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What To Eat When You Have Lactose (Milk Sugar) Intolerance

June 10, 2008 - 7:30am
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What To Eat When You Have Lactose (Milk Sugar) Intolerance

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Sometimes HIV can give you such bad diarrhea that you won't be able to digest a certain sugar in milk which is called lactose. This may last for a few weeks, a few months or even longer. Your doctor may tell you to stay away from foods which contain lactose. Lactose is mostly found in milk and in many dairy products.

You should not eat these foods:

  • Regular (whole) milk, skim milk, low fat milk, evaporated milk, powdered milk, goat milk
  • Cheese (unless the label says it has been aged 90 days)
  • Instant coffee, cocoa or other chocolate beverages
  • Whipping cream, sour cream
  • Pudding and pudding pies, custard and custard pies
  • Ice cream or ice milk
  • Gravy or soup made with milk or cream
  • Party dips made with sour cream
  • Cream sauce on meats or vegetables

You might be able to tolerate these foods instead:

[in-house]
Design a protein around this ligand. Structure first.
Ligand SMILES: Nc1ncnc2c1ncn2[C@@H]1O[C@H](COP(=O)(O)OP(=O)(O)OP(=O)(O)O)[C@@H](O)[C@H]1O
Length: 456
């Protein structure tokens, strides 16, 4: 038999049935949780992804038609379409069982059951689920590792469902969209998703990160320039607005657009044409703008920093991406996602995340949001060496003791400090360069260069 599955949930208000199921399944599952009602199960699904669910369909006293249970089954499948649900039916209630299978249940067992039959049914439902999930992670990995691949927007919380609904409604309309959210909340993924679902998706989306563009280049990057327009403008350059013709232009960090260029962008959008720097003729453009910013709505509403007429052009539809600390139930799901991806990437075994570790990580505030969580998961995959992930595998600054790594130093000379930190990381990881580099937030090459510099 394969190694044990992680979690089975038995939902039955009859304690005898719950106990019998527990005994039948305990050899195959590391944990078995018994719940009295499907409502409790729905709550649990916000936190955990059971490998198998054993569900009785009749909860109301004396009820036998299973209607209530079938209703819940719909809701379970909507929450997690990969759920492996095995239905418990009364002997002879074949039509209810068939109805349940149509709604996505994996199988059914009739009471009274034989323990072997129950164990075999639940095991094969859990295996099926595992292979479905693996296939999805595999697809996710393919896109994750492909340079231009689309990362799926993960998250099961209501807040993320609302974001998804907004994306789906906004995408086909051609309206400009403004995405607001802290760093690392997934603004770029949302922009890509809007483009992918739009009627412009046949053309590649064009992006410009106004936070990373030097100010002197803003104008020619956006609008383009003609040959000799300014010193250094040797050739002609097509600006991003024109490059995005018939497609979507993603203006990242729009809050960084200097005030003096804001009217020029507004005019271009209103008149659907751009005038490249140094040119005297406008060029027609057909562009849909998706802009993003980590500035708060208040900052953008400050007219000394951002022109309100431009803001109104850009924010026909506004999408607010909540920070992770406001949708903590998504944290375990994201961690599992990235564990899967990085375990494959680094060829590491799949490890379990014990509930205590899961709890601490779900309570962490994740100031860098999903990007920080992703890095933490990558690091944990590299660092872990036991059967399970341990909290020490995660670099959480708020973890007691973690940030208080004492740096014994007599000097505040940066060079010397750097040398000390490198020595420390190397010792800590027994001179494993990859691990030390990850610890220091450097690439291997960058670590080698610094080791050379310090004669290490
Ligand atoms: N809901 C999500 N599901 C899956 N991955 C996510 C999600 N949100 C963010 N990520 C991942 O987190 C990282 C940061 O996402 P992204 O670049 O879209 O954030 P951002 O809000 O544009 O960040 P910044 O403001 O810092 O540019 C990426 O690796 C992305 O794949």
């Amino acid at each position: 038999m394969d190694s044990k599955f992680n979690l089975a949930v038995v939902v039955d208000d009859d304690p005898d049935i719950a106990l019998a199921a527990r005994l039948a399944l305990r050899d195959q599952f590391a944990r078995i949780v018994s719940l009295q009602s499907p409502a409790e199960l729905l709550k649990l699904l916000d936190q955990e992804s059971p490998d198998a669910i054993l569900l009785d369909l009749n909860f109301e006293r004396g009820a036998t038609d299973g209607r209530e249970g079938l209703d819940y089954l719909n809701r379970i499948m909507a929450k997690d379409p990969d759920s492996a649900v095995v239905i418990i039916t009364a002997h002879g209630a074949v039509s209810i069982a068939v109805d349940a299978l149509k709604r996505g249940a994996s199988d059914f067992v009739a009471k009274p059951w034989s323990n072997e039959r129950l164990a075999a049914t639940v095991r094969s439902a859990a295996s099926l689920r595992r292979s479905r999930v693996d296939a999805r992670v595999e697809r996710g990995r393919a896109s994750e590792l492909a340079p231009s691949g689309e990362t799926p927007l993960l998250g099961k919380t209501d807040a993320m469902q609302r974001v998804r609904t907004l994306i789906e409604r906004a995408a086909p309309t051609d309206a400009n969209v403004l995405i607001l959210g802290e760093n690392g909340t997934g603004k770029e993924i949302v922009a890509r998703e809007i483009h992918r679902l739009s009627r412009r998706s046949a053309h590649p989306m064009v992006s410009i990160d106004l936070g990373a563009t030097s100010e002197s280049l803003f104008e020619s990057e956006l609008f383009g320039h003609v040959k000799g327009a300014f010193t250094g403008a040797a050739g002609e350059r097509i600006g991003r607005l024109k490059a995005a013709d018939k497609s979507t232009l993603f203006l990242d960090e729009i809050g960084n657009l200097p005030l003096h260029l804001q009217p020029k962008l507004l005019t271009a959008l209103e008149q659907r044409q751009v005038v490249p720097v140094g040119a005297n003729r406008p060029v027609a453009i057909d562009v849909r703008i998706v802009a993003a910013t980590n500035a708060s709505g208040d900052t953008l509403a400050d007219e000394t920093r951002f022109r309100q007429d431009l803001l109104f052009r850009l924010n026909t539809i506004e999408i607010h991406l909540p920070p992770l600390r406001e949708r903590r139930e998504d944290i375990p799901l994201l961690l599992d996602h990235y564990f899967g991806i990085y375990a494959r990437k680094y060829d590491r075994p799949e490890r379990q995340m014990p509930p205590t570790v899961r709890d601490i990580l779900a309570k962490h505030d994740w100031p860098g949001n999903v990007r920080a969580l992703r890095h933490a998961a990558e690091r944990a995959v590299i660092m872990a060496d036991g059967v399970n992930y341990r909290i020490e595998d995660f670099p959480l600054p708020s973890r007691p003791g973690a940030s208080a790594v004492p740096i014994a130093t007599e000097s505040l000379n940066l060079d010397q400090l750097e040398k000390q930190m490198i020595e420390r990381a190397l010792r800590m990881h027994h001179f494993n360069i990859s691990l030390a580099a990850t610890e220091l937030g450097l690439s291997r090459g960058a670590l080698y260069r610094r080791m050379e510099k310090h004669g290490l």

• Sweet acidophilus milk (it will say "acidophilus" on the label)
  • Lactose-reduced milk (it will say "lactose reduced" on the label)
  • Buttermilk
  • Regular milk with "Lact-aid" added to it. You can buy Lact-aid at drug stores. it is a powder to add to milk. It digests the lactose for you and the milk tastes just fine.
  • Natural cheese which has been aged for 90 days or longer. Many cheddar and Swiss cheeses are aged for 90 days. Just read the label
  • Yogurt
  • Frozen yogurt desserts
  • Sherbert
  • Powdered coffee creamer such as "Coffeemate." You can use this in place of milk in many recipes.
  • Soybean milk. You can buy this canned at drug stores and at many grocery stores. Try soybean infant formulas ("Prosobee," "Nursoy," or "Isomil").
  • Special dietetic products that say "lactose free" on the label.
  • Kosher foods marked "pareve" are milk-free.


Adapted from Tennessee Department of Health, 1/00

Last reviewed January 2000 by ]]>EBSCO Publishing Editorial Staff]]>

Please be aware that this information is provided to supplement the care provided by your physician. It is neither intended nor implied to be a substitute for professional medical advice. CALL YOUR HEALTHCARE PROVIDER IMMEDIATELY IF YOU THINK YOU MAY HAVE A MEDICAL EMERGENCY. Always seek the advice of your physician or other qualified health provider prior to starting any new treatment or with any questions you may have regarding a medical condition.

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